Feb 5, 2021

TRANSCRIPT

Interviewer: Harnessing the power of physical therapy for stroke recovery, Dr. Steven Edgley is the stroke rehabilitation medical director at University of Utah Health.

Dr. Edgley, just first off, what is the importance of physical therapy for stroke recovery?

Dr. Edgley: The reason why physical therapy is so important, and walking specifically, is that physical therapy will facilitate better walking. Better walking will facilitate better function in the home and the community, and better function will facilitate a better quality of life. And that's what we're really after. It's very important to the individual patient to regain walking and moving around capabilities.

Interviewer: Dr. Edgley, in the past few years, from what I understand, the technology or the ways that you help people recovering from a stroke start to walk again has actually changed quite a bit and improved. Tell me more about that.

Dr. Edgley: Over 15 years ago, so many stroke patients did not get the therapy they needed because it was too labor-intensive. Now we are able to use advanced techniques like bodyweight-supported harnesses.

Interviewer: Tell me what that harness does.

Dr. Edgley: Early on in the recovery process, we used to use three and four therapists. Now we can use one, maybe two therapists with the bodyweight-supported training.

We actually have in the new Neilsen Rehab Hospital have the longest what's called the ZeroG track in the world. Also possible is unweighting the body through using a pool therapy, and we now have a treadmill on the bottom of a pool that partially unweights the body. And that is actually going along with the same concept of partially unweighting of the body for increased reps and practice.

Interviewer: What I'm hearing is walking is just that important. That should be your goal, just to get out and do it. It might not necessarily be pretty at first. You've just got to go through the motions. And if you go through the motions, it will get better and your recovery will get better. Is that a fair assessment?

Dr. Edgley: To be able to effectively walk, you typically need to compile a lot of repetitions. And typically, starting from square zero, a lot of people don't really get out of bed and stay in bed for months to years. And so we find it's critically important to ambulate early and often use these advanced techniques to help in the process.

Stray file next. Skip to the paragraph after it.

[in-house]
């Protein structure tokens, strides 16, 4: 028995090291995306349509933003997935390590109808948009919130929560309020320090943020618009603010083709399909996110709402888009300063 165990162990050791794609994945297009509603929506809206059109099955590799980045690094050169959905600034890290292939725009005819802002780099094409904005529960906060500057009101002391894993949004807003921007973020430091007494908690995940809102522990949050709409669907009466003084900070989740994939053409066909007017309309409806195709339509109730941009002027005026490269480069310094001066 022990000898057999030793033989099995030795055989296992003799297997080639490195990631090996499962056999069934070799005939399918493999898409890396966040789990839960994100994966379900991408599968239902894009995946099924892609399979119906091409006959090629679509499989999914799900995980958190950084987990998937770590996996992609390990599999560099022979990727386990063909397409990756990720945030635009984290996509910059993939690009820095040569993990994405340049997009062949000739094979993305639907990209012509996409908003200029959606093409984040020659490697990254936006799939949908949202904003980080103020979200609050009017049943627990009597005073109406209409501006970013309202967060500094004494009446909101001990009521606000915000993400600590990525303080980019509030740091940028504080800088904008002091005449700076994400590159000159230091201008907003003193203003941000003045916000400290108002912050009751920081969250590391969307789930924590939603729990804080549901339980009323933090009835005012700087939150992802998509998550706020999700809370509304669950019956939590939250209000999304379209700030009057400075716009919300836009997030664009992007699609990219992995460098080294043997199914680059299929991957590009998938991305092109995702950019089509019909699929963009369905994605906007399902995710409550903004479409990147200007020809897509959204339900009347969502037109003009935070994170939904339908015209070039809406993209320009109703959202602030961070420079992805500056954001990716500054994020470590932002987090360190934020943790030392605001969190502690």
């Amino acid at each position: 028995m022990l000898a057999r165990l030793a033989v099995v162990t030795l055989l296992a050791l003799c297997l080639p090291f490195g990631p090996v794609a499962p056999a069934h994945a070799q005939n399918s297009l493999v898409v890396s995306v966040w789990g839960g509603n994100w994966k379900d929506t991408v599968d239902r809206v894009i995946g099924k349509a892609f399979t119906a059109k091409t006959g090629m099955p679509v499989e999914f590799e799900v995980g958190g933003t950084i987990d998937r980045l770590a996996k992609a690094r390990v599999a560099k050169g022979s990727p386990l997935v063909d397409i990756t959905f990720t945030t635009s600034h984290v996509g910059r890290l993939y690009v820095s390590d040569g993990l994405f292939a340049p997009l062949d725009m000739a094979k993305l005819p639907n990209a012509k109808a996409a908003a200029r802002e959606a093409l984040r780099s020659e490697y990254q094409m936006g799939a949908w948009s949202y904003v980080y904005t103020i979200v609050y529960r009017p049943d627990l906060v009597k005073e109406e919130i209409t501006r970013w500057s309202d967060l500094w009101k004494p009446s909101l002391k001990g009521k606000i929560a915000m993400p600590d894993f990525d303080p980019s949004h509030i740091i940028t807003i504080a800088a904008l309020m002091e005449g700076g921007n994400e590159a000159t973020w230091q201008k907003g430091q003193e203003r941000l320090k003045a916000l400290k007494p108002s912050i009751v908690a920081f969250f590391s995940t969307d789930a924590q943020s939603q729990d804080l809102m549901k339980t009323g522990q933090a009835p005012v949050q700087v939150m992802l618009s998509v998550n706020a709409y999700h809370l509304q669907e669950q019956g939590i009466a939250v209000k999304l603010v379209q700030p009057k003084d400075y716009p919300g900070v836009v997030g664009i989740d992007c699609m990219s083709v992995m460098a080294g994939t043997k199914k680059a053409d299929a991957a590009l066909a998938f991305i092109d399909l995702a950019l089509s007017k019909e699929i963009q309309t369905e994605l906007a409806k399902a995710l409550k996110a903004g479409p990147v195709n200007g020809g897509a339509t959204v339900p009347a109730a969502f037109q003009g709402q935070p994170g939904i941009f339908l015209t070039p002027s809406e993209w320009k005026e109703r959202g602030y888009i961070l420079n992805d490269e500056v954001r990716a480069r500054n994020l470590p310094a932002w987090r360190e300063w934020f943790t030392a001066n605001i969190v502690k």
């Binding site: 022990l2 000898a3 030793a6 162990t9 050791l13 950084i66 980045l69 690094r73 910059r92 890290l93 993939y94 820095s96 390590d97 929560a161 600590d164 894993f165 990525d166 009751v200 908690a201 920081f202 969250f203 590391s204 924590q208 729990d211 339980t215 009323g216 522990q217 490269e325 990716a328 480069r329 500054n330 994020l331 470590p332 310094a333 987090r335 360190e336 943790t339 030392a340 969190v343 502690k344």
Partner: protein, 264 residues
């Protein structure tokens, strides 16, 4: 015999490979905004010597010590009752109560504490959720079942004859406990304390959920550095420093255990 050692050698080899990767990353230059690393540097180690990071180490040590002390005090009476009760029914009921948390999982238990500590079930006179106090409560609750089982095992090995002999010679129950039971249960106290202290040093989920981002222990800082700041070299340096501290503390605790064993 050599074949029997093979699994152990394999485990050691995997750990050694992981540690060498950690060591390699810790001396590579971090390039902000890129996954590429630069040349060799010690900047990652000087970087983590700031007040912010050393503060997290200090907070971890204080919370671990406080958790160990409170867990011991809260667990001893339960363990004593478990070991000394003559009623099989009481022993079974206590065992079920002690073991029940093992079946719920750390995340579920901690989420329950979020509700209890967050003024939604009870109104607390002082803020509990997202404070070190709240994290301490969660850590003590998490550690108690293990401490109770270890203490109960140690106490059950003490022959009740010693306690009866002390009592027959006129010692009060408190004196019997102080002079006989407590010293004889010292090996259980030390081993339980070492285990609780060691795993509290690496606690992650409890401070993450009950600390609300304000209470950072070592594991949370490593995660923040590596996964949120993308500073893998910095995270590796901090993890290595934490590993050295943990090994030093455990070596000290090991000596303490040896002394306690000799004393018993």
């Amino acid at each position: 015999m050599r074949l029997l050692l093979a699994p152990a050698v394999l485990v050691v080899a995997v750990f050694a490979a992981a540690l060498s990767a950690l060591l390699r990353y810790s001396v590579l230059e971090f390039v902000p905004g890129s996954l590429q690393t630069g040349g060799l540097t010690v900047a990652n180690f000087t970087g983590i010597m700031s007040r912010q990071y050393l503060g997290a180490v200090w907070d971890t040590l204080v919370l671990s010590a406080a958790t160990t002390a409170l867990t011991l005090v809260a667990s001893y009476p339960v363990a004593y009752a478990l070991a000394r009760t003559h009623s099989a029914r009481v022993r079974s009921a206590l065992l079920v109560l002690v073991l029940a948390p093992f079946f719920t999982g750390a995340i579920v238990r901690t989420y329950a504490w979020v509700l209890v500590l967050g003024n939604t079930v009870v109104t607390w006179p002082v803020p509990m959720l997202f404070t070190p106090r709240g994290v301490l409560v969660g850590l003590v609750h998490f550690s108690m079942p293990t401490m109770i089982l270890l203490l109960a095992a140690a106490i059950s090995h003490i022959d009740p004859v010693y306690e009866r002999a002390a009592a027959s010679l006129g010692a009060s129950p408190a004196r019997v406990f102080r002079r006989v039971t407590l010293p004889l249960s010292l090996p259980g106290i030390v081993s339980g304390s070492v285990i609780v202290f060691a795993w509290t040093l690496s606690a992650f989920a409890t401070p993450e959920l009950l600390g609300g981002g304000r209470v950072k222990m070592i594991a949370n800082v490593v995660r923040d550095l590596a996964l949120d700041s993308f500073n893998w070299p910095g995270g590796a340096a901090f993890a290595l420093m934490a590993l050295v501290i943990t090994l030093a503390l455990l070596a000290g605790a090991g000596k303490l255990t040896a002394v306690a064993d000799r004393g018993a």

Interviewer: Dr. Edgley, if an individual recovering from a stroke doesn't have access to a ZeroG track or the treadmill that's underwater like you talked about to help them get in those reps necessary for regaining their ability to walk, what would you recommend for that individual?

Dr. Edgley: Everyone should have access to a physical therapy gym or location. Encourage your therapists to actually walk with you. And it may be that you have to have four hands on deck to fully walk safely at first, but that is what it sometimes takes.

Interviewer: I feel like if there is just one thing that somebody should take away from this is just if you've had a stroke, you've just got to start walking and figure out how to make that happen. And if you have access to great technology like the ZeroG track at University of Utah Health . . . and by all means, if you can take advantage of that, great. If not, have those people help you walk on the treadmill that has the sidebars. You've just got to get those legs moving to get that brain muscle reconnection going again and those repetitions. That's what really matters.

Do you have a story that illustrates just how important walking is, getting those repetitions in is, to stroke recovery?

Dr. Edgley: I'm thinking of one young stroke patient who was despondent and discouraged, so discouraged that she really did not walk and put forward the effort that is necessary for recovery. And that went on for months. Couple of years actually.

And when she started to be more receptive to these therapy techniques, her whole life changed as she began to be more able to walk, more able to get outdoors, and more socially active. And now she is married and chasing a toddler around. So it can have very, very wide-ranging impacts.

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